EU referendum: NHS couldn't cope without immigrants, says professor
A leading medical professor from Northern Ireland has warned our health service could not cope without immigrants from the EU.
As voters go to the polls today, opinion polls till show the result as too close to call.
Martin McKee CBE studied at Queen's University 30 years ago and is now Professor of European public health at the London School of Hygiene and Tropical Medicine. This week he returned for an event at Queen's University and said he was angry to see many posters for the Leave campaign using the NHS logo.
"I've just been talking to people over here and I've been hearing that the Vote Leave campaign is saying, 'If you stay in the EU it will be a threat to the NHS', when nothing could be further from the truth," he added.
"I come over seeing all these posters saying, 'Leave to save the NHS', and I'm saying this is nonsense and somebody needs to challenge it."
Professor McKee claimed the Leave campaign's assertion that the UK sent £350m a week to the EU that could be spent on the NHS instead was farcical.
"Not only do we get much of it back, it also pays for many important functions, such as food safety, medicines approvals and infection disease surveillance that we would otherwise have to do ourselves, but much less efficiently, even assuming we could find the people with these scarce skills," he added.
At odds with this view was high-profile cancer scientist Professor Angus Dalgleish, principal of the respected Cancer Vaccine Institute in London. In a speech entitled The Good Life after Brexit, he argued that migrants were bleeding the NHS dry. "Our membership of the EU is putting an intolerable strain on our NHS," he warned.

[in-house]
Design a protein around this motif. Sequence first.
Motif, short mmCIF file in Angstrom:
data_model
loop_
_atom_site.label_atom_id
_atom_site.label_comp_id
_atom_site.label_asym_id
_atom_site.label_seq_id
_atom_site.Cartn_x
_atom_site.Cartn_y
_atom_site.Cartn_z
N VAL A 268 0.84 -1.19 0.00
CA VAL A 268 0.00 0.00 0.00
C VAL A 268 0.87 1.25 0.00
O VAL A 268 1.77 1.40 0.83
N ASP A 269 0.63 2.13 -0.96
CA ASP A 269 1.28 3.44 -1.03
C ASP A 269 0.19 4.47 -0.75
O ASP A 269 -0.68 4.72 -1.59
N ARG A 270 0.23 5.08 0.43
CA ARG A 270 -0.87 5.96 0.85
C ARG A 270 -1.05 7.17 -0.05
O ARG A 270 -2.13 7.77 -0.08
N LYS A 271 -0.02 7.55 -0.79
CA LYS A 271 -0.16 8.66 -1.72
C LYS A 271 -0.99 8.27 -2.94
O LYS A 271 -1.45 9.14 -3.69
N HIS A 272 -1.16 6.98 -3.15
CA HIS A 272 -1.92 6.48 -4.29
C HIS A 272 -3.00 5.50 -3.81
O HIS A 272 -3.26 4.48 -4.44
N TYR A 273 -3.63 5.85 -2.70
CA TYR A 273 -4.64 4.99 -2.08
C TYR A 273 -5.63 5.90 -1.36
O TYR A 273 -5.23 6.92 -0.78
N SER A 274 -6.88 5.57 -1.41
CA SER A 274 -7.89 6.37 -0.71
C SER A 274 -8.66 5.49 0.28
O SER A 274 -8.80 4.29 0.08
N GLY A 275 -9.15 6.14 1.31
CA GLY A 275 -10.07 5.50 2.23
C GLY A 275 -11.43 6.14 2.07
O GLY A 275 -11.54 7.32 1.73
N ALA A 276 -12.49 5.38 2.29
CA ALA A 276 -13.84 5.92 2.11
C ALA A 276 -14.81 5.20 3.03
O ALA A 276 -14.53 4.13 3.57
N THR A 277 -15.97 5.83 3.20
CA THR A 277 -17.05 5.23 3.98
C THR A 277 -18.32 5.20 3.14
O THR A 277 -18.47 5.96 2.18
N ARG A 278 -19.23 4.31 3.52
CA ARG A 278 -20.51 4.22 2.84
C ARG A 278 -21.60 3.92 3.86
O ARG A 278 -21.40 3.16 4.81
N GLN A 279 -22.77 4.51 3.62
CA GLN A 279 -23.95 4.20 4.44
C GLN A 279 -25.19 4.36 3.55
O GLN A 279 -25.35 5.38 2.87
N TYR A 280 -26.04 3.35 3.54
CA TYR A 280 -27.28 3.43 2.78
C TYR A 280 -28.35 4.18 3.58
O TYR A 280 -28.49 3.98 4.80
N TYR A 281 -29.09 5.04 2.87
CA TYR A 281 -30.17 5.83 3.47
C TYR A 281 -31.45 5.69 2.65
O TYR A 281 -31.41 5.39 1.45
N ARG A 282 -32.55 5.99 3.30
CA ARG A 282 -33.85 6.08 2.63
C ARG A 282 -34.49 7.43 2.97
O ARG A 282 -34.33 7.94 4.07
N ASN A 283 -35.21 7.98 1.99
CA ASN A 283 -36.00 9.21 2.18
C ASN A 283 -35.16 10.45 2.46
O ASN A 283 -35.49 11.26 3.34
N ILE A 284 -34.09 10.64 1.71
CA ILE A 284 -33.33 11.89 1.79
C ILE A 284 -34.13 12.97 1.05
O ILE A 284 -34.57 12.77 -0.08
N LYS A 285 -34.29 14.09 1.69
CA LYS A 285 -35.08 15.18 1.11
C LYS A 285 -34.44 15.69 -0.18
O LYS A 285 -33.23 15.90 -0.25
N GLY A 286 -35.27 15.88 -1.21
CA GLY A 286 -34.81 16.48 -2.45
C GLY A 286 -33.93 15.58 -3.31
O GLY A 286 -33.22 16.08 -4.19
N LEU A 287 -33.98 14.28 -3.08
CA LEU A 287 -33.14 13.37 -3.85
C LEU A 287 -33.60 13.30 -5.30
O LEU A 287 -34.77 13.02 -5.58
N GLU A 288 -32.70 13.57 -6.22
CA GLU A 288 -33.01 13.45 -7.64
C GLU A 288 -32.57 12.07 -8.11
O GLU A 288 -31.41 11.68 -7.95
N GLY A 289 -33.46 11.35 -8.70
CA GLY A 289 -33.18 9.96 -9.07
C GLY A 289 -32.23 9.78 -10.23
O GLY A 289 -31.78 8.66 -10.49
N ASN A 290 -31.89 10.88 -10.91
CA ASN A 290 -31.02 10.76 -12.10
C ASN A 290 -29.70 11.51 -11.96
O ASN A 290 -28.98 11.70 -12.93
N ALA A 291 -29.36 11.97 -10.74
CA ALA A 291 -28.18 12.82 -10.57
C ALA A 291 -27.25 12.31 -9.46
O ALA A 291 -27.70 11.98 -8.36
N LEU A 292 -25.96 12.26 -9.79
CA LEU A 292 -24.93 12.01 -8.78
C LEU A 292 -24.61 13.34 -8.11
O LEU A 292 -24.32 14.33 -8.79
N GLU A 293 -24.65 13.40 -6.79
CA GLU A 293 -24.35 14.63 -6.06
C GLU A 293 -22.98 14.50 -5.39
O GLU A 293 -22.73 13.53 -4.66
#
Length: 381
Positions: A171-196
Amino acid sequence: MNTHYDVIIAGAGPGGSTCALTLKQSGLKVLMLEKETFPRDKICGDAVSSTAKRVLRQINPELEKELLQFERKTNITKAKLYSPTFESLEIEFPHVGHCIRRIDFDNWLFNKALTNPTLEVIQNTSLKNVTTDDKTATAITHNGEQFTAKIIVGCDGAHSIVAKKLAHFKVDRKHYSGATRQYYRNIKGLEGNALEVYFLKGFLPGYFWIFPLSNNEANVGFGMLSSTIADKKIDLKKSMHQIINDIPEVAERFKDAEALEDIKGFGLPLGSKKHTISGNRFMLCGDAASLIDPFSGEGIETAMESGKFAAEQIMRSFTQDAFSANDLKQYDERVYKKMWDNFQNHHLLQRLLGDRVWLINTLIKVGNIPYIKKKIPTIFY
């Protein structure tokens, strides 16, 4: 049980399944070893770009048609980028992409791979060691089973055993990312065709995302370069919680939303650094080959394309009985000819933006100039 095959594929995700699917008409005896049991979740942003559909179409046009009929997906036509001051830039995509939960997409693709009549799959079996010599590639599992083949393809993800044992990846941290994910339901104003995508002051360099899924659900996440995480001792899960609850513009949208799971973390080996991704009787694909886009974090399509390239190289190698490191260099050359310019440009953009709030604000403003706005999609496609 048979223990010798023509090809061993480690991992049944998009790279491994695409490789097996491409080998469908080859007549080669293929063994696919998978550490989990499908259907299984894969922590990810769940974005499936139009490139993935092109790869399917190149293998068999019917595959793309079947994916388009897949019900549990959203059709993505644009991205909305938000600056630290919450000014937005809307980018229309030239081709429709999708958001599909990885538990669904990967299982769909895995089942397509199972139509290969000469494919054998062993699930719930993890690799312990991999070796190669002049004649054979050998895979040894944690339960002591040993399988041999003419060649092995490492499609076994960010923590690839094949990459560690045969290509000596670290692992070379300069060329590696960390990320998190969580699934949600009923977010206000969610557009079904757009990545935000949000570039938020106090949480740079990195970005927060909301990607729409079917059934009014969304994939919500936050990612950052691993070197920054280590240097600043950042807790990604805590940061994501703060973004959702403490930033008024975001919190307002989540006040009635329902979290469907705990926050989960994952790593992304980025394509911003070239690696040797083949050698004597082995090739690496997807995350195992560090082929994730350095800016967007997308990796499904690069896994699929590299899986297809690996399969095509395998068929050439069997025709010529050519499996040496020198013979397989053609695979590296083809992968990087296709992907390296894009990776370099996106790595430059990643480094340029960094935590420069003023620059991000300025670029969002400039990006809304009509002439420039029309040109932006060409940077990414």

"NHS Trusts were not prepared for the millions of EU migrants who have poured into Britain because the Government estimate was nowhere near the reality. The health service is being bled dry. It is why our NHS faces a £3bn deficit."
But Professor McKee rubbished his argument and said: "In much of the UK, if you see an EU migrant in a hospital, they are most likely to be treating you.
"The NHS couldn't survive without them. Our medical schools, including Queen's, would suffer enormously with every British university declaring its support for Remain."
Professor McKee added that cross-border health co-operation could also be badly affected. "Those who think the border would remain open are deluding themselves," he said.
"I know that some supporters of Brexit have had enough of experts, but most people, when they are ill, will trust their doctor. At least when it comes to the future of the NHS, the overwhelming support of the medical profession for remaining in the EU should not be dismissed lightly."